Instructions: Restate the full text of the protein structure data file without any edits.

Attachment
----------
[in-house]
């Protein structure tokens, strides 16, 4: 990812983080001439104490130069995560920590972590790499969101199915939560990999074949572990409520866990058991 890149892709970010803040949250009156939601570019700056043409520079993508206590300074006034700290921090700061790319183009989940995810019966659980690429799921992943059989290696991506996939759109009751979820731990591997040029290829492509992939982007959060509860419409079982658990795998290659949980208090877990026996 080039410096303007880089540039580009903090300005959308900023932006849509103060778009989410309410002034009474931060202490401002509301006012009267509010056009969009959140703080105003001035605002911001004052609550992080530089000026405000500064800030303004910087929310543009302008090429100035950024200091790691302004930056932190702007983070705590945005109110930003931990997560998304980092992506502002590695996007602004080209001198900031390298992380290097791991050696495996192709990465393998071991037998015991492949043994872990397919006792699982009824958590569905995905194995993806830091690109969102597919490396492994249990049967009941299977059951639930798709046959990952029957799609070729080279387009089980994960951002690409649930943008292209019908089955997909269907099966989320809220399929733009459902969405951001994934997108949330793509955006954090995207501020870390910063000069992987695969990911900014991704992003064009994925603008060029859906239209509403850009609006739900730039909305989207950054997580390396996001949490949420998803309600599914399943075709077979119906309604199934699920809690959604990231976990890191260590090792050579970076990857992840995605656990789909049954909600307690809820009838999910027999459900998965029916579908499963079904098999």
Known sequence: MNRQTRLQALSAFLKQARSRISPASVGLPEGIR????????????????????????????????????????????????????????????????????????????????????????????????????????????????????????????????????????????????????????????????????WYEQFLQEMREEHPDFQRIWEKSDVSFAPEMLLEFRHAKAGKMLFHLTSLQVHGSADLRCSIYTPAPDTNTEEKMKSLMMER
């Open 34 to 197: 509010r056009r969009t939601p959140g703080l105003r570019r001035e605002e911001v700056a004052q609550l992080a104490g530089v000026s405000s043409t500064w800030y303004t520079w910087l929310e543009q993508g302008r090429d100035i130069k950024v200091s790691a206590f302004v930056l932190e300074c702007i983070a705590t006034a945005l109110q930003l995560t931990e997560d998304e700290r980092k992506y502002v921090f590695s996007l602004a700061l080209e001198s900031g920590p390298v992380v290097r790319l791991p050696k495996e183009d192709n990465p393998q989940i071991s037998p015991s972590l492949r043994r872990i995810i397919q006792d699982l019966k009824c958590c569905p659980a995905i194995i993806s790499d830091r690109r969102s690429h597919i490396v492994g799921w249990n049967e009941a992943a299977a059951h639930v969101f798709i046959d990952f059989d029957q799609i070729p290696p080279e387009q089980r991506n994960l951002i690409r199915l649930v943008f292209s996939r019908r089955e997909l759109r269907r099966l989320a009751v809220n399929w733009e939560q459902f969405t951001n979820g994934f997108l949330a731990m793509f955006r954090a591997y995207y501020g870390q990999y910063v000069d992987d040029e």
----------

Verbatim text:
[in-house]
């Protein structure tokens, strides 16, 4: 990812983080001439104490130069995560920590972590790499969101199915939560990999074949572990409520866990058991 890149892709970010803040949250009156939601570019700056043409520079993508206590300074006034700290921090700061790319183009989940995810019966659980690429799921992943059989290696991506996939759109009751979820731990591997040029290829492509992939982007959060509860419409079982658990795998290659949980208090877990026996 080039410096303007880089540039580009903090300005959308900023932006849509103060778009989410309410002034009474931060202490401002509301006012009267509010056009969009959140703080105003001035605002911001004052609550992080530089000026405000500064800030303004910087929310543009302008090429100035950024200091790691302004930056932190702007983070705590945005109110930003931990997560998304980092992506502002590695996007602004080209001198900031390298992380290097791991050696495996192709990465393998071991037998015991492949043994872990397919006792699982009824958590569905995905194995993806830091690109969102597919490396492994249990049967009941299977059951639930798709046959990952029957799609070729080279387009089980994960951002690409649930943008292209019908089955997909269907099966989320809220399929733009459902969405951001994934997108949330793509955006954090995207501020870390910063000069992987695969990911900014991704992003064009994925603008060029859906239209509403850009609006739900730039909305989207950054997580390396996001949490949420998803309600599914399943075709077979119906309604199934699920809690959604990231976990890191260590090792050579970076990857992840995605656990789909049954909600307690809820009838999910027999459900998965029916579908499963079904098999």
Known sequence: MNRQTRLQALSAFLKQARSRISPASVGLPEGIR????????????????????????????????????????????????????????????????????????????????????????????????????????????????????????????????????????????????????????????????????WYEQFLQEMREEHPDFQRIWEKSDVSFAPEMLLEFRHAKAGKMLFHLTSLQVHGSADLRCSIYTPAPDTNTEEKMKSLMMER
């Open 34 to 197: 509010r056009r969009t939601p959140g703080l105003r570019r001035e605002e911001v700056a004052q609550l992080a104490g530089v000026s405000s043409t500064w800030y303004t520079w910087l929310e543009q993508g302008r090429d100035i130069k950024v200091s790691a206590f302004v930056l932190e300074c702007i983070a705590t006034a945005l109110q930003l995560t931990e997560d998304e700290r980092k992506y502002v921090f590695s996007l602004a700061l080209e001198s900031g920590p390298v992380v290097r790319l791991p050696k495996e183009d192709n990465p393998q989940i071991s037998p015991s972590l492949r043994r872990i995810i397919q006792d699982l019966k009824c958590c569905p659980a995905i194995i993806s790499d830091r690109r969102s690429h597919i490396v492994g799921w249990n049967e009941a992943a299977a059951h639930v969101f798709i046959d990952f059989d029957q799609i070729p290696p080279e387009q089980r991506n994960l951002i690409r199915l649930v943008f292209s996939r019908r089955e997909l759109r269907r099966l989320a009751v809220n399929w733009e939560q459902f969405t951001n979820g994934f997108l949330a731990m793509f955006r954090a591997y995207y501020g870390q990999y910063v000069d992987d040029e």